The S&P 500 jumped to a five-month high, with utilities, real estate and industrial shares leading the gains.
Bloomberg: U.S. stocks rose for a fourth day as investor optimism over the likelihood for a new spending bill and potential coronavirus vaccines outweighed concern about an escalation of tensions with China. The dollar weakened to the lowest level since March.
The S&P 500 jumped to a five-month high, with utilities, real estate and industrial shares leading the gains. Trump administration officials are said to be discussing a short-term extension of unemployment insurance before the benefits lapse. Futures had retreated overnight on news that the U.S. ordered China’s Houston consulate to quickly close. Shares of Microsoft Corp. slumped and Tesla Inc. surged after the companies released earnings following the close of regular trading.
“You are going to have that volatility, but people are looking through a lot of it,” said Victoria Fernandez, chief market strategist for Crossmark Global Investments. “People are doing that now for just about everything.”
Progress on combating the virus’s impact also contributed to sentiment. Pfizer Inc. shares rallied after saying the government ordered up to 600 million doses of its vaccine candidate against Covid-19. Treasuries were little changed, while silver continued its tear, climbing to the highest level in almost seven years.
Fresh Sino-U.S. tension including new charges of Chinese hacking had added to potential risks weighing on investors who recently drove global equities to a five-month high. After the success of a European rescue package this week, Senate Republicans and the Trump administration are struggling to reach consensus on another stimulus plan.
“I’m more concerned going into the August, September period: what’s going to then be the next catalyst to take the broader market higher,” Andrew Sheets, a cross-asset strategist at Morgan Stanley, said on Bloomberg TV. It’s going to be “a tougher period for stocks,” he said.
Earnings remained in focus. Texas Instruments Inc. dropped after urging caution. Snap Inc. tumbled following a miss on its user-growth targets.
Elsewhere, oil in New York dropped from a four-month high on signs of a surprise gain in U.S. crude stockpiles.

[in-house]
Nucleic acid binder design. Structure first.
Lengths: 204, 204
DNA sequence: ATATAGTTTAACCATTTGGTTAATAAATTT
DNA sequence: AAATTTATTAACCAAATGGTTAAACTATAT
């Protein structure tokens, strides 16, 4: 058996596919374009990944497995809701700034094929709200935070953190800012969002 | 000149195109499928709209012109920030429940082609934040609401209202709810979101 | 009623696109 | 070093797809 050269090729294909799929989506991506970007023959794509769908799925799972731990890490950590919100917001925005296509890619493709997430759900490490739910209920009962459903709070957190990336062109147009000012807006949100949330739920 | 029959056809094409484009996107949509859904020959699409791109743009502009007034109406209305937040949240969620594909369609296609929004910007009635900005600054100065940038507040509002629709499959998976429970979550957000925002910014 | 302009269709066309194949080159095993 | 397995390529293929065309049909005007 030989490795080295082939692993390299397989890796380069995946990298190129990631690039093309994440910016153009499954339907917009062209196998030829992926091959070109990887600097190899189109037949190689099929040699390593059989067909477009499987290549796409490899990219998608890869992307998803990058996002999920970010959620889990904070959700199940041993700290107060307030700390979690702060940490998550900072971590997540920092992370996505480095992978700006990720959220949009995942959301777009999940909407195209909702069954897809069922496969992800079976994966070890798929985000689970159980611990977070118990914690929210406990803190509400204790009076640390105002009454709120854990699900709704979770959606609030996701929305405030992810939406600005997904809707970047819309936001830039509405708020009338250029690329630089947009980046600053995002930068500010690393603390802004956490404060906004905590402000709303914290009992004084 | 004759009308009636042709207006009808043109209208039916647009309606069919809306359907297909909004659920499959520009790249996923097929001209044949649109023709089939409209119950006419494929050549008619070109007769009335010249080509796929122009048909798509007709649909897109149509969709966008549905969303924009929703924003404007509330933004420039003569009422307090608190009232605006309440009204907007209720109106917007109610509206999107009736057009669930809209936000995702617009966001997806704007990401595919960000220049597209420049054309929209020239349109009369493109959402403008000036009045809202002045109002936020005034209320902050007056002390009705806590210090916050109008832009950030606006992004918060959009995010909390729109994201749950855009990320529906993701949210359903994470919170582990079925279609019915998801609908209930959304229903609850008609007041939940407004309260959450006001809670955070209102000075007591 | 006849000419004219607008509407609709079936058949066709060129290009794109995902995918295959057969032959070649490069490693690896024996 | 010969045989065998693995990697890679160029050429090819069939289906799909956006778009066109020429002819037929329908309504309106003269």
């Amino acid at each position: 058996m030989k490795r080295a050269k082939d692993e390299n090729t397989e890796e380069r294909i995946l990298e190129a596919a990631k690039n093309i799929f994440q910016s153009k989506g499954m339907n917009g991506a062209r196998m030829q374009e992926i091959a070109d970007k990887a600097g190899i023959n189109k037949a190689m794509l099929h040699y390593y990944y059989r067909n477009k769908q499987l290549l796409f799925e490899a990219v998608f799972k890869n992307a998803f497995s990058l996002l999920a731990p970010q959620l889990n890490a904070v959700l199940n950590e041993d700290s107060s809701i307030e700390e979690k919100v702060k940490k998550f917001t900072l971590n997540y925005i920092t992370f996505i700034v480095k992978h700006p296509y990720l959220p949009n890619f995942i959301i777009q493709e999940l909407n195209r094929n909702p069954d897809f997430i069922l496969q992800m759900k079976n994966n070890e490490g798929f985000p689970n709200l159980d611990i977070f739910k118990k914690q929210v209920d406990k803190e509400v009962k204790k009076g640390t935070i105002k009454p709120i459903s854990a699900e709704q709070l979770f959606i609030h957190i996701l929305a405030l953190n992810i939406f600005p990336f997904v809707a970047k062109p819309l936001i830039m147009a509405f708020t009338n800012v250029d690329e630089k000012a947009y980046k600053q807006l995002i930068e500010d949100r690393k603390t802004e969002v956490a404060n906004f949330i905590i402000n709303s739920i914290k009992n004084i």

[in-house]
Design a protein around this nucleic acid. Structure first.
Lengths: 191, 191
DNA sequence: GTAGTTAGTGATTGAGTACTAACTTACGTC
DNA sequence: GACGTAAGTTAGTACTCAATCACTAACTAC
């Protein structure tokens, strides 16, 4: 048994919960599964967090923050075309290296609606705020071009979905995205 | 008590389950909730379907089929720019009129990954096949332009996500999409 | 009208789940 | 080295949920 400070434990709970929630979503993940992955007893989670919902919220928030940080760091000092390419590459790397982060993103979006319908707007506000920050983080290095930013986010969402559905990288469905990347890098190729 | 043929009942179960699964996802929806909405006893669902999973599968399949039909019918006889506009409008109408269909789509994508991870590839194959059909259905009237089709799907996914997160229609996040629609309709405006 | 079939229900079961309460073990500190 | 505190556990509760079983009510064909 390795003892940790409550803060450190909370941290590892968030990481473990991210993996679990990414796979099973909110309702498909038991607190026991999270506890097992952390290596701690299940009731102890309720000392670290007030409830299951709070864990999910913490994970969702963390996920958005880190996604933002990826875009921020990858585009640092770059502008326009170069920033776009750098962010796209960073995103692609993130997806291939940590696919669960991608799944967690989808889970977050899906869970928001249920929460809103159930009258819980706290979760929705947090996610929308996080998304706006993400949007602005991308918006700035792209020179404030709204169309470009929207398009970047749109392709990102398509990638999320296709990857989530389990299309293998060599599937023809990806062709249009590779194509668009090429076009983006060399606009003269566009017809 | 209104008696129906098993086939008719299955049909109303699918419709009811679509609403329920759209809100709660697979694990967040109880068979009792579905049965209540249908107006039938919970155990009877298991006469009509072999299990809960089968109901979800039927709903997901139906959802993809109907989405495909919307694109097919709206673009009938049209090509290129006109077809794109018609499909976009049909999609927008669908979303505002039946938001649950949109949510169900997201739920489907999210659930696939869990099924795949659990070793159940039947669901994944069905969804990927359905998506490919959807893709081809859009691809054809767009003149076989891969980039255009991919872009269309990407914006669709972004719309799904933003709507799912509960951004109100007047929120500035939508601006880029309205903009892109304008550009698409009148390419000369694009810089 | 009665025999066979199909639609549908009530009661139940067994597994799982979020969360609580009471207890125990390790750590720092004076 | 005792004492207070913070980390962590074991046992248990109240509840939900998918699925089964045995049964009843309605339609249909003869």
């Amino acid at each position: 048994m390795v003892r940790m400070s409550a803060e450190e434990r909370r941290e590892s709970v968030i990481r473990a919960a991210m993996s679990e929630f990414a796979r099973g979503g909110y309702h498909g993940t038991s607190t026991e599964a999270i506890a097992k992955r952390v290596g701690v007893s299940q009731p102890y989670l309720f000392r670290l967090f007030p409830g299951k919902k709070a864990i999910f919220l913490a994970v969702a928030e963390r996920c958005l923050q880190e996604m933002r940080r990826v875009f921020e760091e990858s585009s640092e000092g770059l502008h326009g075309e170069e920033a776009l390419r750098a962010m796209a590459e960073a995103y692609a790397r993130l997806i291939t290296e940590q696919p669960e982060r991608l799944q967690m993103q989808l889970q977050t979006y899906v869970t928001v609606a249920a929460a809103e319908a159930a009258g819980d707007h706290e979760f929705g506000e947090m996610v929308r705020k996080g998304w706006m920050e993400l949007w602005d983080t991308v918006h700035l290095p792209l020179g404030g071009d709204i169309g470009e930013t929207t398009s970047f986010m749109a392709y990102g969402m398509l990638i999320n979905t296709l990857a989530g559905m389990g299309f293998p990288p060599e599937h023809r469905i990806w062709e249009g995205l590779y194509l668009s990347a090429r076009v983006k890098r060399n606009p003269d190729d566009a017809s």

Here are some key events coming up:
Quarterly earnings gather steam, with reports due from Blackstone Group, Roche, Intel, Unilever, Canadian Pacific, Daimler, Hyundai and Mattel.
U.S. weekly jobless claims come on Thursday.
These are the main moves in markets:
The S&P 500 Index increased 0.6% to 3,276.08 as of 4:01 p.m. New York time, the highest in five months.
The Dow Jones Industrial Average advanced 0.6% to 27,005.66, the highest in six weeks on the biggest gain in a week.
The Nasdaq Composite Index climbed 0.2% to 10,706.13.
The Stoxx Europe 600 Index decreased 0.9% to 373.44, the biggest dip in four weeks.
The Bloomberg Dollar Spot Index decreased 0.3% to 1,191.97, the lowest in more than 19 weeks.
The euro gained 0.4% to $1.1574, the strongest in about 21 months.
The Japanese yen weakened 0.4% to 107.20 per dollar, the largest dip in four weeks.
The yield on 10-year Treasuries decreased one basis point to 0.60%, the lowest in three months.
Germany’s 10-year yield dipped three basis points to -0.49%, the lowest in almost two months on the largest decrease in almost three weeks.
Britain’s 10-year yield dipped two basis points to 0.12%, the lowest on record.
West Texas Intermediate crude decreased 0.2% to $41.84 a barrel.
Gold strengthened 1.4% to $1,868.52 an ounce, the highest in about nine years on the biggest jump in almost 11 weeks.
Copper dipped 1.1% to $2.93 a pound, the first retreat in a week.